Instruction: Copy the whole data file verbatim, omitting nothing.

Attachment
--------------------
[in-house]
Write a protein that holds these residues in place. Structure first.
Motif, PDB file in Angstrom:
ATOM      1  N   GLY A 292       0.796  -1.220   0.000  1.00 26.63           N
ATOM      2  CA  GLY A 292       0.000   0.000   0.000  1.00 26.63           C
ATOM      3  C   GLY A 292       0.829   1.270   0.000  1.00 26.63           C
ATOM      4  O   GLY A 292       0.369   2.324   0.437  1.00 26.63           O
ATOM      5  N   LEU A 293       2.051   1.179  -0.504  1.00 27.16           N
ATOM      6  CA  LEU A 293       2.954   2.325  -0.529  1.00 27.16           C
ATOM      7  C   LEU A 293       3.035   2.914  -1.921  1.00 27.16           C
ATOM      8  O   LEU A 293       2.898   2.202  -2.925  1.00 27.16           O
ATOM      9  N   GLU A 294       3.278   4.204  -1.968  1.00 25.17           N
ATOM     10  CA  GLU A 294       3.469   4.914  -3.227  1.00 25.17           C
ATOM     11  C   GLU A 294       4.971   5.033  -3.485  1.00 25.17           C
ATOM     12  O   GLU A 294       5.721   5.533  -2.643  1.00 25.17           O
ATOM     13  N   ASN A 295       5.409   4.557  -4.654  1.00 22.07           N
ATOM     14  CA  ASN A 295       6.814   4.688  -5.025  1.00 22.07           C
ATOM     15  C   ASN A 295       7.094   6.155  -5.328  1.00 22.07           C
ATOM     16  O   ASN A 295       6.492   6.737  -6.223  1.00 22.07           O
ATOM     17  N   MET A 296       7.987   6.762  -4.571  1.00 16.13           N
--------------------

[in-house]
Write a protein that holds these residues in place. Structure first.
Motif, PDB file in Angstrom:
ATOM      1  N   GLY A 292       0.796  -1.220   0.000  1.00 26.63           N
ATOM      2  CA  GLY A 292       0.000   0.000   0.000  1.00 26.63           C
ATOM      3  C   GLY A 292       0.829   1.270   0.000  1.00 26.63           C
ATOM      4  O   GLY A 292       0.369   2.324   0.437  1.00 26.63           O
ATOM      5  N   LEU A 293       2.051   1.179  -0.504  1.00 27.16           N
ATOM      6  CA  LEU A 293       2.954   2.325  -0.529  1.00 27.16           C
ATOM      7  C   LEU A 293       3.035   2.914  -1.921  1.00 27.16           C
ATOM      8  O   LEU A 293       2.898   2.202  -2.925  1.00 27.16           O
ATOM      9  N   GLU A 294       3.278   4.204  -1.968  1.00 25.17           N
ATOM     10  CA  GLU A 294       3.469   4.914  -3.227  1.00 25.17           C
ATOM     11  C   GLU A 294       4.971   5.033  -3.485  1.00 25.17           C
ATOM     12  O   GLU A 294       5.721   5.533  -2.643  1.00 25.17           O
ATOM     13  N   ASN A 295       5.409   4.557  -4.654  1.00 22.07           N
ATOM     14  CA  ASN A 295       6.814   4.688  -5.025  1.00 22.07           C
ATOM     15  C   ASN A 295       7.094   6.155  -5.328  1.00 22.07           C
ATOM     16  O   ASN A 295       6.492   6.737  -6.223  1.00 22.07           O
ATOM     17  N   MET A 296       7.987   6.762  -4.571  1.00 16.13           N